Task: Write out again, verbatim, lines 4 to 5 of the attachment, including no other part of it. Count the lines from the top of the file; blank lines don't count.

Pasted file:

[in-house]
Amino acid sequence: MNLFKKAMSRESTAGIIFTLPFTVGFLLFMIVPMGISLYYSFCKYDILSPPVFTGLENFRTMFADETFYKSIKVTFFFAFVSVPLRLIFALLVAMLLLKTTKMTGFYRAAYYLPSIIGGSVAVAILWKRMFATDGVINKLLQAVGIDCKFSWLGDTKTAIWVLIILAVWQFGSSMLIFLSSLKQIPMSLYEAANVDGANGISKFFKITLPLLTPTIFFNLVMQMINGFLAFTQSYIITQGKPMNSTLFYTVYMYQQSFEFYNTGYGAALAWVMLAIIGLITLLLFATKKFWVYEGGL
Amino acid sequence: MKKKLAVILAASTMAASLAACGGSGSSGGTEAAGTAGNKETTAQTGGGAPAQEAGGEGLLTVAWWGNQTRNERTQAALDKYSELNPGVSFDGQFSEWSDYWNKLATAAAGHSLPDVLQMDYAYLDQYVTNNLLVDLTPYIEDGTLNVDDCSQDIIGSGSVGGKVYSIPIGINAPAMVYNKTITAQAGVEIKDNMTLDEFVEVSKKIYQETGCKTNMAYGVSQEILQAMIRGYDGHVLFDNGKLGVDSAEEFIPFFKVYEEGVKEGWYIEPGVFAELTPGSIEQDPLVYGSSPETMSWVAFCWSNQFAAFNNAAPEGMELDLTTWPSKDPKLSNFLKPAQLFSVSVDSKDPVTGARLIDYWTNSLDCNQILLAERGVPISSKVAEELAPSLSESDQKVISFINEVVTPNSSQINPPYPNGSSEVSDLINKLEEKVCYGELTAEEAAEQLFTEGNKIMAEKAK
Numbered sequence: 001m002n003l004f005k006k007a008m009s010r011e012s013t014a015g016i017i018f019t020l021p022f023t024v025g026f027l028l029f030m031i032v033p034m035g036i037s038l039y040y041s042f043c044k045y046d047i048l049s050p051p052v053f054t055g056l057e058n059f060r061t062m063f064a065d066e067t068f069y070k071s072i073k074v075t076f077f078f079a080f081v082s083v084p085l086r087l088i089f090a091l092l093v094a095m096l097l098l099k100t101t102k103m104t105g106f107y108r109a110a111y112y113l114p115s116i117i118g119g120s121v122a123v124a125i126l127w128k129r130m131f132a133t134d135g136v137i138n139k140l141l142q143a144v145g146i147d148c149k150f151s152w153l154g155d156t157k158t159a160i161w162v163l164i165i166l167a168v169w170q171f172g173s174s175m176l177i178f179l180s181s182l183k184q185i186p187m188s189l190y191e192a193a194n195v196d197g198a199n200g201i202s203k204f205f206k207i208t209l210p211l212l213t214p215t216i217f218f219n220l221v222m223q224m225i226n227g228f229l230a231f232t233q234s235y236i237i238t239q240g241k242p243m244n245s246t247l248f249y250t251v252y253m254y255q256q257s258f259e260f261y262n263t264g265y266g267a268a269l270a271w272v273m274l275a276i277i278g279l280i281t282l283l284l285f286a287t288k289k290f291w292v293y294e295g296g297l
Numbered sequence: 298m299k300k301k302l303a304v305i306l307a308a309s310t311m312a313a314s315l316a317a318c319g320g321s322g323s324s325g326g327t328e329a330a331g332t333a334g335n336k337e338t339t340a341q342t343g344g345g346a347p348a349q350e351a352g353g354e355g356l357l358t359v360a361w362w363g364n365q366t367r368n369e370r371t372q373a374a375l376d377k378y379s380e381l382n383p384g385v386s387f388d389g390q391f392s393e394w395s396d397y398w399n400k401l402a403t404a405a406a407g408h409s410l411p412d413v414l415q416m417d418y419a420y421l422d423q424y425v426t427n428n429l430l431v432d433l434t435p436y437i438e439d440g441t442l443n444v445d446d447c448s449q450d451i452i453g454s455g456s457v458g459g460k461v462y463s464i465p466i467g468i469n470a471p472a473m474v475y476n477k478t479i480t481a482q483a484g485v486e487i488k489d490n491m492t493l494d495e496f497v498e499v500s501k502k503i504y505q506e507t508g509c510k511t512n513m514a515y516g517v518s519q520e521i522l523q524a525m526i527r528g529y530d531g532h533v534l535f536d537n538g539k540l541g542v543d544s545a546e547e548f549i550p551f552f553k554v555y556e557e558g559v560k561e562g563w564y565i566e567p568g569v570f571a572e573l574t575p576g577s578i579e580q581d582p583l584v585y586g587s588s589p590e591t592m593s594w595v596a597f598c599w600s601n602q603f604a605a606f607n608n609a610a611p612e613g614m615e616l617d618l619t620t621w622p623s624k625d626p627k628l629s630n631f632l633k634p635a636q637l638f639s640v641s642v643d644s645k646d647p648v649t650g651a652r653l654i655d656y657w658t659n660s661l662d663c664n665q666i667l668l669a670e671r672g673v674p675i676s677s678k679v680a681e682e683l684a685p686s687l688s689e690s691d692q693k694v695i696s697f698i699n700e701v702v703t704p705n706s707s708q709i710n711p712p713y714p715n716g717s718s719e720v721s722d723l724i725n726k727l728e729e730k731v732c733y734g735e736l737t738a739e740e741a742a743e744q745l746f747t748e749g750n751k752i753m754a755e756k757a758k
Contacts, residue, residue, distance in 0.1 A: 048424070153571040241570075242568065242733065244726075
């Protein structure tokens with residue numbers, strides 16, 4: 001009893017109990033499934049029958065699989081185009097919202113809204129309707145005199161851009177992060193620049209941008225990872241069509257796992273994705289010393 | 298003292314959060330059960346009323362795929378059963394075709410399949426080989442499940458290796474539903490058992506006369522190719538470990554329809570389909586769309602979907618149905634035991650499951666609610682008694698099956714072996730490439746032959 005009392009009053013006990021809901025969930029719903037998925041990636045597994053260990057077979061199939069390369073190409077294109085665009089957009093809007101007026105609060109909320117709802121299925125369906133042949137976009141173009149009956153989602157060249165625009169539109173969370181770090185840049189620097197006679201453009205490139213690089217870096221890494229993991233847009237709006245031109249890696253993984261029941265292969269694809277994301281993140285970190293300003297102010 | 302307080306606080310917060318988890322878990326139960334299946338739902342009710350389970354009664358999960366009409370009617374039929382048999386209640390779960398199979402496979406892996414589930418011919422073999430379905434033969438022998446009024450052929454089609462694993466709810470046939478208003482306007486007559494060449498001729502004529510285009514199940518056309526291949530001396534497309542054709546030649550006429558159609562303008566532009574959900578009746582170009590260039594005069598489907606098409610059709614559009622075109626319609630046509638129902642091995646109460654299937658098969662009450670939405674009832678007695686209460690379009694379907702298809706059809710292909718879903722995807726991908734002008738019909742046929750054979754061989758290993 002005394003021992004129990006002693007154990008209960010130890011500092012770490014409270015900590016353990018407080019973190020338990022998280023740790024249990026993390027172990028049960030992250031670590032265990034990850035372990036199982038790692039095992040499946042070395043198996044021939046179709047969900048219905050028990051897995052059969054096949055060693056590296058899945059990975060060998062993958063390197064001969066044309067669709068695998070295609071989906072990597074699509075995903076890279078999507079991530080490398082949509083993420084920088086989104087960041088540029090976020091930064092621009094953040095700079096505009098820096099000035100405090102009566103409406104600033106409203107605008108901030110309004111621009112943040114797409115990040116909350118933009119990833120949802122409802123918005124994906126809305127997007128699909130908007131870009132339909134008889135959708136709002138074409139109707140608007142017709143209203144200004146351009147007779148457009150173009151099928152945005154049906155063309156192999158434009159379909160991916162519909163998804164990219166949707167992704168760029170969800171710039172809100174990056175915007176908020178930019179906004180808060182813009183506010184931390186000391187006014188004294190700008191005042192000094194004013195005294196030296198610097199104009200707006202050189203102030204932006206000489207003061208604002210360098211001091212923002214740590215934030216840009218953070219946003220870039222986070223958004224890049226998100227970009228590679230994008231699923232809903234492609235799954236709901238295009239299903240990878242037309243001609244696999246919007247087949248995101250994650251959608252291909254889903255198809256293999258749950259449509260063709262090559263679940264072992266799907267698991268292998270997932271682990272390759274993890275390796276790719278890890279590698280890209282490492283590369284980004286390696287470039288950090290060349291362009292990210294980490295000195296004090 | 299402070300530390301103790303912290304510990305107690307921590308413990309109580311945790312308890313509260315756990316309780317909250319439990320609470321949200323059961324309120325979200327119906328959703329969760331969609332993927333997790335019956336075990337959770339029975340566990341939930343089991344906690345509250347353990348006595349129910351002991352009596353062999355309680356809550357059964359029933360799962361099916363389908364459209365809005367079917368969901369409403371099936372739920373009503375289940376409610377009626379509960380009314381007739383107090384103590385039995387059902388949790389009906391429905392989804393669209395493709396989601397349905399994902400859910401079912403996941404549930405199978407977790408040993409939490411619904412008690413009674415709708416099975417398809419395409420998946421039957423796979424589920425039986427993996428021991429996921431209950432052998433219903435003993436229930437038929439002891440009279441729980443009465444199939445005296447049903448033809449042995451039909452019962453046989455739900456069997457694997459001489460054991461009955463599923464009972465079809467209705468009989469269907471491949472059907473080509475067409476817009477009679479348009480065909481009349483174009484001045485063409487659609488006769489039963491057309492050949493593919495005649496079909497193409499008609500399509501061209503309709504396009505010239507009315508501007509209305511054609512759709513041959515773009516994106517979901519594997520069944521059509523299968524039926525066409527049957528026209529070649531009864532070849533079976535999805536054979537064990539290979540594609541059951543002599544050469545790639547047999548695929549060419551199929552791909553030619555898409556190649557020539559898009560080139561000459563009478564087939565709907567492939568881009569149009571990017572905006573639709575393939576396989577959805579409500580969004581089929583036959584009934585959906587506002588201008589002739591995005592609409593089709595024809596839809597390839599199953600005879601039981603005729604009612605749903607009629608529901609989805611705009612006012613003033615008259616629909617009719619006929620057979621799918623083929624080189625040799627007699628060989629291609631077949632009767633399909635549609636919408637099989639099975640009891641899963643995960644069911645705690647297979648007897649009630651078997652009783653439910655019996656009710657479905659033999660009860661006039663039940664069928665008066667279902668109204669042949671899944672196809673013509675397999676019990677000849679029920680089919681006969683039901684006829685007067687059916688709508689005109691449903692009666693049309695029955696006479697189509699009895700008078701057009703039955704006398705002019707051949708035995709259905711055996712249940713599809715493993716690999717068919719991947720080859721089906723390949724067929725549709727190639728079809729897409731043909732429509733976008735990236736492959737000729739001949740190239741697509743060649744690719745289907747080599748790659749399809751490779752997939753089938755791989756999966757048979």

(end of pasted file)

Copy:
Numbered sequence: 001m002n003l004f005k006k007a008m009s010r011e012s013t014a015g016i017i018f019t020l021p022f023t024v025g026f027l028l029f030m031i032v033p034m035g036i037s038l039y040y041s042f043c044k045y046d047i048l049s050p051p052v053f054t055g056l057e058n059f060r061t062m063f064a065d066e067t068f069y070k071s072i073k074v075t076f077f078f079a080f081v082s083v084p085l086r087l088i089f090a091l092l093v094a095m096l097l098l099k100t101t102k103m104t105g106f107y108r109a110a111y112y113l114p115s116i117i118g119g120s121v122a123v124a125i126l127w128k129r130m131f132a133t134d135g136v137i138n139k140l141l142q143a144v145g146i147d148c149k150f151s152w153l154g155d156t157k158t159a160i161w162v163l164i165i166l167a168v169w170q171f172g173s174s175m176l177i178f179l180s181s182l183k184q185i186p187m188s189l190y191e192a193a194n195v196d197g198a199n200g201i202s203k204f205f206k207i208t209l210p211l212l213t214p215t216i217f218f219n220l221v222m223q224m225i226n227g228f229l230a231f232t233q234s235y236i237i238t239q240g241k242p243m244n245s246t247l248f249y250t251v252y253m254y255q256q257s258f259e260f261y262n263t264g265y266g267a268a269l270a271w272v273m274l275a276i277i278g279l280i281t282l283l284l285f286a287t288k289k290f291w292v293y294e295g296g297l
Numbered sequence: 298m299k300k301k302l303a304v305i306l307a308a309s310t311m312a313a314s315l316a317a318c319g320g321s322g323s324s325g326g327t328e329a330a331g332t333a334g335n336k337e338t339t340a341q342t343g344g345g346a347p348a349q350e351a352g353g354e355g356l357l358t359v360a361w362w363g364n365q366t367r368n369e370r371t372q373a374a375l376d377k378y379s380e381l382n383p384g385v386s387f388d389g390q391f392s393e394w395s396d397y398w399n400k401l402a403t404a405a406a407g408h409s410l411p412d413v414l415q416m417d418y419a420y421l422d423q424y425v426t427n428n429l430l431v432d433l434t435p436y437i438e439d440g441t442l443n444v445d446d447c448s449q450d451i452i453g454s455g456s457v458g459g460k461v462y463s464i465p466i467g468i469n470a471p472a473m474v475y476n477k478t479i480t481a482q483a484g485v486e487i488k489d490n491m492t493l494d495e496f497v498e499v500s501k502k503i504y505q506e507t508g509c510k511t512n513m514a515y516g517v518s519q520e521i522l523q524a525m526i527r528g529y530d531g532h533v534l535f536d537n538g539k540l541g542v543d544s545a546e547e548f549i550p551f552f553k554v555y556e557e558g559v560k561e562g563w564y565i566e567p568g569v570f571a572e573l574t575p576g577s578i579e580q581d582p583l584v585y586g587s588s589p590e591t592m593s594w595v596a597f598c599w600s601n602q603f604a605a606f607n608n609a610a611p612e613g614m615e616l617d618l619t620t621w622p623s624k625d626p627k628l629s630n631f632l633k634p635a636q637l638f639s640v641s642v643d644s645k646d647p648v649t650g651a652r653l654i655d656y657w658t659n660s661l662d663c664n665q666i667l668l669a670e671r672g673v674p675i676s677s678k679v680a681e682e683l684a685p686s687l688s689e690s691d692q693k694v695i696s697f698i699n700e701v702v703t704p705n706s707s708q709i710n711p712p713y714p715n716g717s718s719e720v721s722d723l724i725n726k727l728e729e730k731v732c733y734g735e736l737t738a739e740e741a742a743e744q745l746f747t748e749g750n751k752i753m754a755e756k757a758k